One weekend this spring Bruce's sister, who lives in Omaha, visited us. Her hobby is photography, and one of her favorite subjects is birds. We decided to take her to the National Eagle Center in Wabasha and invited our eight year old grandson Peter to go with us. When we picked him up for the day's excursion, he was all prepared. In his backpack he had his binoculars, a notebook, pen, and a guidebook about raptors, which I bought him a couple years ago when we went to the University of Minnesota Raptor Center. He had decided, by the way, all on his own what he wanted to bring with him.
As we drove to the center, which is located on the Mississippi River a couple hours away, Peter shared some facts about raptors. Facts such as their size and how long they typically live and what they eat and how their numbers have greatly increased in North America in recent years. He also told us that his favorite species of eagle is the golden eagle, and he hoped to see one at the center. He wondered if there are species other than the golden and the bald in North America, and we encouraged him to ask one of the center's volunteers that question. He did just that and we learned no, there are only two in our part of the world, but there are about 60 species throughout the whole world. None of us knew that, nor did any of us even know to ask that question.
At one point Papa asked Peter a question about eagles. I'm sorry I don't remember the question, but that's not really important anyway.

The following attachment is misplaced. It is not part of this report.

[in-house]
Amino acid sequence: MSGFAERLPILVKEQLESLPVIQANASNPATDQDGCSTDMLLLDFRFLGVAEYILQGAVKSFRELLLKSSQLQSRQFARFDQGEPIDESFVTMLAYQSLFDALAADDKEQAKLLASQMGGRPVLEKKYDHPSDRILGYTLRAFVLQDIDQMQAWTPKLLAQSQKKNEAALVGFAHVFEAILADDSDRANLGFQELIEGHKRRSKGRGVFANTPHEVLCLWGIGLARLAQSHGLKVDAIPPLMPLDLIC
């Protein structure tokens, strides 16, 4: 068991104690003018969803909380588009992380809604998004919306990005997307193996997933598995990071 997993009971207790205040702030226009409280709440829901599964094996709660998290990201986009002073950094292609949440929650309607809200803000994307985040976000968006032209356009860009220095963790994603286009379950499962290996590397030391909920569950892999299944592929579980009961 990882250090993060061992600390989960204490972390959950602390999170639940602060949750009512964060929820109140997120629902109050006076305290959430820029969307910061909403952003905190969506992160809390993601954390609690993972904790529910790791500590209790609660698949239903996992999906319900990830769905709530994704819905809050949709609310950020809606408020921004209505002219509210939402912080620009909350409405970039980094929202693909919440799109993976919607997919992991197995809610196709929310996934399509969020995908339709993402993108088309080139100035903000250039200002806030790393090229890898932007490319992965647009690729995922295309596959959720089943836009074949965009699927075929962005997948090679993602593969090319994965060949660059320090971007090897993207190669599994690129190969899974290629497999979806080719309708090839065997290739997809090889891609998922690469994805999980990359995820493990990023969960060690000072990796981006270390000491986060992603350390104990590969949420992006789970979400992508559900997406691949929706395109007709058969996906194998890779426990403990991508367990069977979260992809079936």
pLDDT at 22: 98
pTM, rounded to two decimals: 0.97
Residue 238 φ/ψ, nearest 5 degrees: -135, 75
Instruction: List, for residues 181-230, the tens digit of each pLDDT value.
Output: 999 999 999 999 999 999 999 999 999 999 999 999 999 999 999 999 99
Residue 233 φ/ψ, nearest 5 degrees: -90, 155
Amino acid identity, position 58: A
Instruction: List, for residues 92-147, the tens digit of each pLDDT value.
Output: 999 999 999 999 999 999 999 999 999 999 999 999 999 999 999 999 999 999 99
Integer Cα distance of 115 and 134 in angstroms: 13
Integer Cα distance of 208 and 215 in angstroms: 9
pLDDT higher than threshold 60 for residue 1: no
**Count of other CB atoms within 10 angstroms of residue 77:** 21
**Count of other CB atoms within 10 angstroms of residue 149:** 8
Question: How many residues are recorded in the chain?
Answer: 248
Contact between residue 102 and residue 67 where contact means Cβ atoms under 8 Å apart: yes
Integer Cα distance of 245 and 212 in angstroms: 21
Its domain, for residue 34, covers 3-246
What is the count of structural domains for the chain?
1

I could hear Peter sigh. A long, deep sigh, and then he said very clearly, very deliberately, "Papa, raptors are NOT my strength."
Of course, we then asked him to name his strength for us and without hesitation he said, "Wolves." That's true, for he knows nearly all there is to know about wolves.
I love this story and have told it many times since, for while it reveals a great deal about Peter, it is also a story that begs for a deep inner response from the listener. This is a spiritual story.
Do you know what is not your strength and may even be a weakness? Are you willing to admit that? And what are you doing about a part of yourself that is not your strength? Are you like Peter studying a guidebook and asking questions, hoping to learn more and add to what you already know?
Do you know your strength and are you willing to name that or are you carrying around false modesty in your backpack? What good is your strength doing hidden away?
What experiences in your life have helped you develop your strength? When have you been called upon to use your strength, to live your strength? In what ways have you deliberately chosen to exercise your strength?
And here's another question to consider: Has there ever been a time when your strength has been a detriment? Remember there is a shadow side to everything. Peter was more than willing to share his knowledge with us, but he did so without making us feel stupid for not knowing what he knew, nor was he showing off. His curiosity and interest led him to learn about raptors and wolves. His strength operates in the light.
Part of becoming the person we were created to be is being able to identify our strengths and our weaknesses and to understand how they function and guide the way we live in the world.
What are your strengths? What are you weaknesses? I would love to know.